Constitutional amendments bringing Coloradans to polls

COLORADO SPRINGS, Colo. — Presidential election years are always big for voter turnout.

In Colorado, a chance to change the constitution and mail-in ballots are a couple of other ingredients to guarantee a record number at the polls.

Nolan Schuler is a registered voter in Colorado Springs who says he always votes, especially in general elections.

“I think the margins are so thin, my vote will count more than it usually does,” Schuler said.

Schuler is like many voters in El Paso County who will make their voices heard next month on Election Day.

Colorado has the third best in voter turn-out in the country.

“We’re around 71, 72, 73 percent turn-out,” Chuck Boerman, county clerk and recorder said. “We’re already very high.”

Boerman says he expects 341,000 voters to head to the polls this general election –  that’s 51,000 more than the 2012 election.

An added bonus this year is voters can do it all without heading to the polls – all they need is a stamp.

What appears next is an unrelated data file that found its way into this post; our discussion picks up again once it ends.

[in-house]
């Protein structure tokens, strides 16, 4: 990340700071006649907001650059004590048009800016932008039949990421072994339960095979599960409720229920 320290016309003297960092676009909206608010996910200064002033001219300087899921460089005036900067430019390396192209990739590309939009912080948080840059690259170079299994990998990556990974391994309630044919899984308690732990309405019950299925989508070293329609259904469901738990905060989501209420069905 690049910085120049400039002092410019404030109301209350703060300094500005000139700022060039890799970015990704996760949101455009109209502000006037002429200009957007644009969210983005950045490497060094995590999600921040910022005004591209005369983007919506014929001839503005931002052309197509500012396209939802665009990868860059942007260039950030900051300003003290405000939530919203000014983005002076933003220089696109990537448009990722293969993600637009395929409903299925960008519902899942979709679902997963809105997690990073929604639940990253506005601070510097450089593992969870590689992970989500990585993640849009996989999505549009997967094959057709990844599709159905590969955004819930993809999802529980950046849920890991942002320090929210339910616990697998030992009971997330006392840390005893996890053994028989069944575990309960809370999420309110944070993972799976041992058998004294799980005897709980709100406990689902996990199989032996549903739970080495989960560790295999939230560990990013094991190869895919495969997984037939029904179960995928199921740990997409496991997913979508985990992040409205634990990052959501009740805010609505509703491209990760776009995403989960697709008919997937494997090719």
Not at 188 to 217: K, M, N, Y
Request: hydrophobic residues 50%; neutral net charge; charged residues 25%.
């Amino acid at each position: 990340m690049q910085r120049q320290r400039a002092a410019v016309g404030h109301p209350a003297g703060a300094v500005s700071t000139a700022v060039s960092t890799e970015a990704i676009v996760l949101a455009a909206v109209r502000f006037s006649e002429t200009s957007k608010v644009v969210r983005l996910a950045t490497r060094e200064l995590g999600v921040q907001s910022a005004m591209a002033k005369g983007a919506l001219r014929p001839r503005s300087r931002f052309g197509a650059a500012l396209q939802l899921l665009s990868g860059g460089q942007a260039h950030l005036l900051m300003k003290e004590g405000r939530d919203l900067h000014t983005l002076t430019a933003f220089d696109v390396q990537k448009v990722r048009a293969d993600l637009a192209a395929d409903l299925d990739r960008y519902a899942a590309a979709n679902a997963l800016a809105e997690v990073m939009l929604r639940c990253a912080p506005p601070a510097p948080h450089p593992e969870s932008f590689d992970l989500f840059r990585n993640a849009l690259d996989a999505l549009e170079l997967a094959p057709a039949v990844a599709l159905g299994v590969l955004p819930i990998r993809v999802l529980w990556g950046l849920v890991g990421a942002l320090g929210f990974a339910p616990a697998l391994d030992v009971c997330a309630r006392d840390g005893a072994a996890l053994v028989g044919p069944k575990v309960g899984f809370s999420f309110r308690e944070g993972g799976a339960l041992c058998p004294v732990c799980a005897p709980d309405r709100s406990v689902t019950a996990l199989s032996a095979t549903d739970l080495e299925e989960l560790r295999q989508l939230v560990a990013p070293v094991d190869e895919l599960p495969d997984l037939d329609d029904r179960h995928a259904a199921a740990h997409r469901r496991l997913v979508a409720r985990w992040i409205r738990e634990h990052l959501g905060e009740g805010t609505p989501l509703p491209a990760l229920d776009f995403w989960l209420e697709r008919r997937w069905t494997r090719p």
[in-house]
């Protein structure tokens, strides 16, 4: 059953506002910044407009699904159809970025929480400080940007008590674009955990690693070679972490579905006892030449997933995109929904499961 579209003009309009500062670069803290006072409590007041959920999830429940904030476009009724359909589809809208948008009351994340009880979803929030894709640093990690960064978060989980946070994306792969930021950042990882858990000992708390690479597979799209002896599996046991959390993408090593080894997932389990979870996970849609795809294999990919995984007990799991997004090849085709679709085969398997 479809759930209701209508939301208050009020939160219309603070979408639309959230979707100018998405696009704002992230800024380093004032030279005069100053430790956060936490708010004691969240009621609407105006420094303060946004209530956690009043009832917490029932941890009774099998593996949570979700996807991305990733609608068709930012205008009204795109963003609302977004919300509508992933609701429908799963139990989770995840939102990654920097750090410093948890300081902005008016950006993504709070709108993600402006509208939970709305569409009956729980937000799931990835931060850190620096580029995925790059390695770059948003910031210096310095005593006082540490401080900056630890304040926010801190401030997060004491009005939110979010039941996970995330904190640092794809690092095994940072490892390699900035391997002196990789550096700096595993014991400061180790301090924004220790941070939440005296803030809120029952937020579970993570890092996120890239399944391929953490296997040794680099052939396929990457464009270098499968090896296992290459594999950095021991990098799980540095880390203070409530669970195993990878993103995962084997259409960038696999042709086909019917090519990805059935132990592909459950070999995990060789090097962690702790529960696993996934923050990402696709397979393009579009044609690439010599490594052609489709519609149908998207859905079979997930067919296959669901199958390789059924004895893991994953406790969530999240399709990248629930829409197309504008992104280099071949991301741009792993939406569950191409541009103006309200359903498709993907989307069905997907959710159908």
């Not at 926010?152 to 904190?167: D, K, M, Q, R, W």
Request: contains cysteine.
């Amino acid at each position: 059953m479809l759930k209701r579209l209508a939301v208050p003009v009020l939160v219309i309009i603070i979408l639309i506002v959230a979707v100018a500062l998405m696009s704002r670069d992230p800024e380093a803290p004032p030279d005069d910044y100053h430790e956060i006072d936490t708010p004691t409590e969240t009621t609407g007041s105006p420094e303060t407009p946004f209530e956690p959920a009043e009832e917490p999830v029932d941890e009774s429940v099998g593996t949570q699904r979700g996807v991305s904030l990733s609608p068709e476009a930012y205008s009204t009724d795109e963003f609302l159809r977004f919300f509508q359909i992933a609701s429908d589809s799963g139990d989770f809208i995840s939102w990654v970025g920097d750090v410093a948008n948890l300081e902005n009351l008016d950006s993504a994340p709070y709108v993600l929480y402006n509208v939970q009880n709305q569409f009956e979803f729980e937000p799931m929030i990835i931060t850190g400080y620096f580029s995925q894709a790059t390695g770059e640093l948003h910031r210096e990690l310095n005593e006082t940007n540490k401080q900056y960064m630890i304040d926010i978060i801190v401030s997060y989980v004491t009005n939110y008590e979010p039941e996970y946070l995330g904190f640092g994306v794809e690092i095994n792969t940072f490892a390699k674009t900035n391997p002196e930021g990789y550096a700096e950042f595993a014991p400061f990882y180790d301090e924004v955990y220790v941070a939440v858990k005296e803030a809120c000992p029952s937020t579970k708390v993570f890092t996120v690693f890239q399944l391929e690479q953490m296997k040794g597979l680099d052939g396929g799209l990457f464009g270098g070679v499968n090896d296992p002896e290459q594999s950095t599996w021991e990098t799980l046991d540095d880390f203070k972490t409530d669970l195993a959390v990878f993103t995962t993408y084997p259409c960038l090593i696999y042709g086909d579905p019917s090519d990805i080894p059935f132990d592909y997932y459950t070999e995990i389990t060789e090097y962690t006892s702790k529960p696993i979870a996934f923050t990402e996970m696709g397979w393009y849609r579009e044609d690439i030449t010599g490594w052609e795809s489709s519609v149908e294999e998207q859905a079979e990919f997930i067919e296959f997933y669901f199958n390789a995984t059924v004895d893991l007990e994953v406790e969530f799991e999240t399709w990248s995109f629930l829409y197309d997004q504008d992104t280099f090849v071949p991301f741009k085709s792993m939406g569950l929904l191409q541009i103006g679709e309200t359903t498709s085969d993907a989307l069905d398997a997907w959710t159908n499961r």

“The mail ballot makes it a little convenient for folks,” Boerman added. “But, we believe it’s the candidates and issues that will bring people out not the method.”

This year’s ballot will have 6 amendments to the state constitution including issues like the right to die, a minimum wage hike and state health care.

Robert Loevy, Emeritus Professor of political science at Colorado College, says this is what makes Colorado unique to other states.

“One thing you can count on every two years in a general election in Colorado are ballot questions that will change your daily life,” Loevy said.

Colorado is one of 24 states where residents can change their state constitution. Once 98,492 signatures are collected on a petition, the amendment or initiative can be put on the ballot.

A Supreme Court ruling 25 years ago made it legal to pay the people collecting signatures, which made it easier to get those initiatives and amendments on the ballot.

Loevy says you don’t even have to be from the state either.  He says many initiatives like the legislation that made recreational use of marijuana legal were brought in from out of state parties.

“Colorado is not only an experimental place for Coloradans who use our constitution to try out this and try out that, But many people from around the country. So, that makes what happens in Colorado important for the rest of the nation not just Colorado” Lovey said.

While all eyes are on this year’s presidential election, the nation is also watching how Coloradans vote on their constitution.

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